Lynda.com Lands $103 Million in Biggest Education Financing

Over the past two years, as money poured into online education startups, Lynda Weinman sat back and operated her profitable bootstrapped company to little fanfare. With 2 million members signed up for Lynda.com’s tutorials on web design, photography and business skills, the company has generated four straight years of 40 percent growth and sales in 2012 that topped $100 million.

Still, the 17-year-old company hasn’t received the publicity of newer ventures such as online higher education startups Coursera and Udacity, computer programming site Codecademy and the nonprofit Khan Academy.

That’s about to change, in a big way.  In the largest U.S. venture financing round on record for an online education company, Lynda.com is announcing today that it raised $103 million led by Accel Partners and Spectrum Equity. The company, located near Santa Barbara, California, plans to invest internationally, bolster its content library with 400 new courses this year, grant stock options to employees and soon air television and radio commercials to promote the brand.

“Our biggest problem is people don’t know who we are,” said Weinman, 57.  ”We’ve grown organically and watched other people get all the glory.”

According to the National Venture Capital Association, no education company dating back to 1980 has raised this much money in a single round. Only five have raised more than $100 million total, led by Chegg, which has pulled in $193.2 million over 10 financing rounds, the NVCA said. Since the end of 2010, 36 education startups have raised at least $10 million in venture capital, led by 2U, which brought in $58.6 million in two rounds.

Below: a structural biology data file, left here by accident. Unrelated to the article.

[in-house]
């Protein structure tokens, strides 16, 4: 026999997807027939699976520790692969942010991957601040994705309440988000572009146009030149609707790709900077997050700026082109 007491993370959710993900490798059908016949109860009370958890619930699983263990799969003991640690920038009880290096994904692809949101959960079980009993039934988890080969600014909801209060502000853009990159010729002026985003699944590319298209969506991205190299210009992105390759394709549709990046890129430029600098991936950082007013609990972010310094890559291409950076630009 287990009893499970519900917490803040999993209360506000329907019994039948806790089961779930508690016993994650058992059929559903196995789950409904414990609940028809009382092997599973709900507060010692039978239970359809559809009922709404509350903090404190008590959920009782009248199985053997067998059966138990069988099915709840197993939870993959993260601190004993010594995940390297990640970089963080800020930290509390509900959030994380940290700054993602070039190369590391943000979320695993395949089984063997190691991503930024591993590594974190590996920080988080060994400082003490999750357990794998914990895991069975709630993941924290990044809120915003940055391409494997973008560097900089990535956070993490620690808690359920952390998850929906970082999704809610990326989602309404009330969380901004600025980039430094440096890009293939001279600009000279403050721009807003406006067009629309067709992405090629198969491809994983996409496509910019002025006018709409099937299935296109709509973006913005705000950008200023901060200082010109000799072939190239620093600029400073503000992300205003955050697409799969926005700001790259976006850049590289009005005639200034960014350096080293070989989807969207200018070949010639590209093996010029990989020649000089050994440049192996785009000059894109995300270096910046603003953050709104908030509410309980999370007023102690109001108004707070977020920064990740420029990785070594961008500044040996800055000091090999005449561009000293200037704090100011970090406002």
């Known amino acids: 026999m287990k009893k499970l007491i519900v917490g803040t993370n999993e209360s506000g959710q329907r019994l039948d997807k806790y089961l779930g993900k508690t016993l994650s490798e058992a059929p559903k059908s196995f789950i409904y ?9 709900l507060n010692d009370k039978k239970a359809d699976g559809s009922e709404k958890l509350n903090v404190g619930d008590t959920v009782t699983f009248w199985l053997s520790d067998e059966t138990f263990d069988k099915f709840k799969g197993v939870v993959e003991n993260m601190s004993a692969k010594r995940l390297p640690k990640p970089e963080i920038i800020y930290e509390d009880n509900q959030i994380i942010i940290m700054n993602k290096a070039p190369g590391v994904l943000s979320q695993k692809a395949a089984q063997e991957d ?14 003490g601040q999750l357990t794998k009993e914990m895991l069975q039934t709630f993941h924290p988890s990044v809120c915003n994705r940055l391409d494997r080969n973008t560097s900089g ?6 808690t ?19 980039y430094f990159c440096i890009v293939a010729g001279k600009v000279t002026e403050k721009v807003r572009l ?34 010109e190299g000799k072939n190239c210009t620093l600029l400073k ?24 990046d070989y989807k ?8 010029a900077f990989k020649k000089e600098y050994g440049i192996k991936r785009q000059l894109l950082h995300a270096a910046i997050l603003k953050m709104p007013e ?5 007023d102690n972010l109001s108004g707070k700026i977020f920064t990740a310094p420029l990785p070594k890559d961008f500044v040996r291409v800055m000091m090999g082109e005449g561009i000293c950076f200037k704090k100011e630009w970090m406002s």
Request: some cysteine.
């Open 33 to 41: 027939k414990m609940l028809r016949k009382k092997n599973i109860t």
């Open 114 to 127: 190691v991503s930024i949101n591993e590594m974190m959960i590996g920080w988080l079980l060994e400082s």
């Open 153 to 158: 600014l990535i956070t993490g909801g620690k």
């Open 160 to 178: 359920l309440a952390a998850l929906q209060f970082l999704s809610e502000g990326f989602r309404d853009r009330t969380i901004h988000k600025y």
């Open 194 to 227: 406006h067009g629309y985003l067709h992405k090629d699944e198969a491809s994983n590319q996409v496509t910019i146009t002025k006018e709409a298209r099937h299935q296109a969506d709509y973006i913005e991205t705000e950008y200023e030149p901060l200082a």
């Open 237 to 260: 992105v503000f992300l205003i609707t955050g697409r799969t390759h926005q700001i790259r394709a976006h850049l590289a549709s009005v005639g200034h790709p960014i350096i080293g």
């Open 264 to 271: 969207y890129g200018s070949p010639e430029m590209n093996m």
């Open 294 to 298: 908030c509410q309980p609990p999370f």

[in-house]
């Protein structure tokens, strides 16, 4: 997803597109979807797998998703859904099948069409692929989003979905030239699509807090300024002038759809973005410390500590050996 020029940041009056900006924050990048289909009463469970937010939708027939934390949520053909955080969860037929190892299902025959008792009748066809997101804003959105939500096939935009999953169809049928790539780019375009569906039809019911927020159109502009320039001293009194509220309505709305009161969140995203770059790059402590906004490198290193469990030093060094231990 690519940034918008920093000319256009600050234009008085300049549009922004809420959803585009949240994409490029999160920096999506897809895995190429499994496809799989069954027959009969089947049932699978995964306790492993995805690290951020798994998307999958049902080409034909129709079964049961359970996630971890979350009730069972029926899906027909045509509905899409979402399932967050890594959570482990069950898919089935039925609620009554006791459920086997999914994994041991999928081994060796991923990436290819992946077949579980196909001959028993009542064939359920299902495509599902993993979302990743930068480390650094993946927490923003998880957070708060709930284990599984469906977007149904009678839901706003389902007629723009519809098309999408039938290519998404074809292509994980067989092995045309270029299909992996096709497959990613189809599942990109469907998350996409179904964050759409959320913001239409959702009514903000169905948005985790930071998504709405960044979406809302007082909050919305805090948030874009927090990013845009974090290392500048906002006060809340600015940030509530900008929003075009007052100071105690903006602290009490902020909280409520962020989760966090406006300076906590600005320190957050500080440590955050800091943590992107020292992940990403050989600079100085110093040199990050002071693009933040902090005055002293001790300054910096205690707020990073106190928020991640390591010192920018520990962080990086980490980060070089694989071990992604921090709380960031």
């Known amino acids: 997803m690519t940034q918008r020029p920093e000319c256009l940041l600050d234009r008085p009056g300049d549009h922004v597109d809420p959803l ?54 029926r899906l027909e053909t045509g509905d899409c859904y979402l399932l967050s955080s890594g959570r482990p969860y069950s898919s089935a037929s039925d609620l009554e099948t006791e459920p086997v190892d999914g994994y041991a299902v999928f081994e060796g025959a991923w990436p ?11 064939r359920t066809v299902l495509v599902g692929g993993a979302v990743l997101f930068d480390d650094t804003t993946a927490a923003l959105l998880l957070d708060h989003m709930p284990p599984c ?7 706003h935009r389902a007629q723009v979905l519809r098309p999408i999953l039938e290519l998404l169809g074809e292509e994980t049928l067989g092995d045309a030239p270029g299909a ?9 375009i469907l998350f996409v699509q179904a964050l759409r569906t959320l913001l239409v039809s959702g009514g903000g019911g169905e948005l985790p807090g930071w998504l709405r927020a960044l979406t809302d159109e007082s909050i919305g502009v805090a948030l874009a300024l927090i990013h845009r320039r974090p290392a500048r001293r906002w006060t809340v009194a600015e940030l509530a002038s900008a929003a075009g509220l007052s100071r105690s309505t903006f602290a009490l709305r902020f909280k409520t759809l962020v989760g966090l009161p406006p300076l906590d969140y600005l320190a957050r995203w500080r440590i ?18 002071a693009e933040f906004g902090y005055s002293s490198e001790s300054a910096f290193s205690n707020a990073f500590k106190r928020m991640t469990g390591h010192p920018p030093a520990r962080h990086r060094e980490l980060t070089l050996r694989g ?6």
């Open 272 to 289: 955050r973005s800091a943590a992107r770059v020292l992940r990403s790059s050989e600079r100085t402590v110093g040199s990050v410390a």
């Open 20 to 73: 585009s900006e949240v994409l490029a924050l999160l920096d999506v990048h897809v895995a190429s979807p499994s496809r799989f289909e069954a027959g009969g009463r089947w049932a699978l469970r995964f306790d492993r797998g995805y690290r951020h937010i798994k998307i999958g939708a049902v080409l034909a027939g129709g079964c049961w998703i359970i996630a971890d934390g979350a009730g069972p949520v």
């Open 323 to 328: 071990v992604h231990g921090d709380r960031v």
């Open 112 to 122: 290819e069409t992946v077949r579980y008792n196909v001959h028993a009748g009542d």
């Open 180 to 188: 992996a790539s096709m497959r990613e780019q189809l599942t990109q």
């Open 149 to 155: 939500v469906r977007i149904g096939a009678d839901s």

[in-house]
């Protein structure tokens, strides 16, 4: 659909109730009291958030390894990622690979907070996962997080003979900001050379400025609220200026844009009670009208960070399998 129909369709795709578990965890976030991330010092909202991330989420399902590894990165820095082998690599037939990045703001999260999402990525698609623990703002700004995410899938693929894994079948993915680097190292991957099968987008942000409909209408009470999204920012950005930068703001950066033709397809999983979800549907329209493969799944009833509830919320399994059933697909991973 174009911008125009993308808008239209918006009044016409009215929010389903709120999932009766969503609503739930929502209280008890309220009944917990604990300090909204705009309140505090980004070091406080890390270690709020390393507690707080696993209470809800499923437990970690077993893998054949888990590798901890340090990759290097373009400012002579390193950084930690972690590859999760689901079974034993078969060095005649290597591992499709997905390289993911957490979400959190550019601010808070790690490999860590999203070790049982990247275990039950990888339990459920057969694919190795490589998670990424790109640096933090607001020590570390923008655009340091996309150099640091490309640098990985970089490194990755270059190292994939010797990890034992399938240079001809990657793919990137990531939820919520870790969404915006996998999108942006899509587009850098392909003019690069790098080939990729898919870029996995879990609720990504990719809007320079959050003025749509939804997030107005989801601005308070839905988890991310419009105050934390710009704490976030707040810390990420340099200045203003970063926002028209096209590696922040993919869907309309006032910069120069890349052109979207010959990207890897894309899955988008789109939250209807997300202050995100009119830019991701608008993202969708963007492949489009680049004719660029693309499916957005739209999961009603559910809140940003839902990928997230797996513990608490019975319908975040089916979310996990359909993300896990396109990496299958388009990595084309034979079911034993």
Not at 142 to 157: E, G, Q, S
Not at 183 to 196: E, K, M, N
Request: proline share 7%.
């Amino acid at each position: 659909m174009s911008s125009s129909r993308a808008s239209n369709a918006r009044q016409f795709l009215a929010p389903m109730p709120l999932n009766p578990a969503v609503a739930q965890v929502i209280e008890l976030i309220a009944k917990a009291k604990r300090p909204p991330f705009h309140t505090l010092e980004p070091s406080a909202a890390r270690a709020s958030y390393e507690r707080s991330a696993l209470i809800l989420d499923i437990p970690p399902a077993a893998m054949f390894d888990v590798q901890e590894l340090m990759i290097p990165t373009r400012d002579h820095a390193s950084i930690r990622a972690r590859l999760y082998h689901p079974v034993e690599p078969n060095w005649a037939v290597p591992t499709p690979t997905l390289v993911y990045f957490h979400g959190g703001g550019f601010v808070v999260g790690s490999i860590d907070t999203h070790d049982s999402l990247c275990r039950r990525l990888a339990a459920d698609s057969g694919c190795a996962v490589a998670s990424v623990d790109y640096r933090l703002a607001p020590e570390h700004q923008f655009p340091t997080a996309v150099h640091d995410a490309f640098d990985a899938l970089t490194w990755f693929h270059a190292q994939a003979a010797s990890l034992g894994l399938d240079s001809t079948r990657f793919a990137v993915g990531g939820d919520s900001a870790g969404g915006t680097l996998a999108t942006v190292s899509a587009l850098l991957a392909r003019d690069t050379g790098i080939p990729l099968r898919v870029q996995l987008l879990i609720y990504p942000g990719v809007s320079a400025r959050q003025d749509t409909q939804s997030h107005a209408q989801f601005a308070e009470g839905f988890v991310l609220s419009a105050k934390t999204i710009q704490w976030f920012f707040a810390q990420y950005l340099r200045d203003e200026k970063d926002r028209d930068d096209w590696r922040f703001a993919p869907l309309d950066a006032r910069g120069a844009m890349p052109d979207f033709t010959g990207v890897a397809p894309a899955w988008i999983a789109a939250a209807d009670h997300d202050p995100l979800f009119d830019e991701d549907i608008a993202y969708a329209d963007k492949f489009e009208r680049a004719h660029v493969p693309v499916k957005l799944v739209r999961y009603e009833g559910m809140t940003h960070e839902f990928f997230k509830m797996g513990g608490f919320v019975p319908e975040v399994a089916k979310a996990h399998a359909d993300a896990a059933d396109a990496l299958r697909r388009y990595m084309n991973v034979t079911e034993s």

Late last year, Bloomberg.com’s Tech Deals Blog published a five-part series on startups that have succeeded without venture capital. The founders we highlighted resisted taking money because they wanted to maintain control, were concerned about investors with different visions and didn’t want to be pushed into selling their business or going public.

For all of those reasons and others, Lynda.com has spent the past five years skirting venture capitalists. The company has had term sheets on the table with unimpressive valuations from investors who expected a definitive return within a given amount of time, said Chief Executive Officer Eric Robison. Though he isn’t disclosing the valuation, Robison said this deal is much more favorable and comes with no expectation of an IPO or sale.

“Today, the types of interactions we have with investors are very different and the deal terms are very different,” Robison said. “We got an amazing deal because we waited. There’s no exit plan, no deadline.”

Accel’s Andrew Braccia and Spectrum’s Vic Parker are joining the board. Spectrum is a private equity firm with offices in Boston and Menlo Park, California. Accel is a Palo Alto, California-based venture firm with multiple strategies, including a growth fund that invests in more mature companies, like Lynda.com. Growth investments include game company Rovio, the maker of “Angry Birds,” and business software maker Atlassian.

“We look for companies that are bootstrapped and have flown under the radar but built incredible businesses,” said Braccia. “This is a great coming out party for the company.”

Weinman, the author of an early textbook on web design, and her husband  Bruce Heavin, 45, started Lynda.com in 1995. They later opened a brick-and-mortar school in Southern California that offered in-person training. After the dot-com crash and Sept. 11 terrorist attacks in 2001, business dried up because people were less willing to travel and there was waning demand for web experts.

So in 2002, they started producing online videos at a time when many people still accessed the web via dial-up connections. A decade later, with ubiquitous high-speed web access, Lynda.com sells access to its library of 83,000 instructional videos to schools including Harvard University, Yale University and the University of Southern California, as well as companies such as Qualcomm, Walt Disney and Apple. Individual memberships start at $25 a month, and the company sells institutional licenses with discounts.

Along with its 40 percent sales growth, Lynda.com increased its staff by about the same amount last year and now employs 400 people. Even with new players jumping into the online education market, the company insists that it doesn’t need money to fend off competitors. And that’s why the terms were so attractive.

“The best time to take money is when you don’t need it,” Robison said.

 

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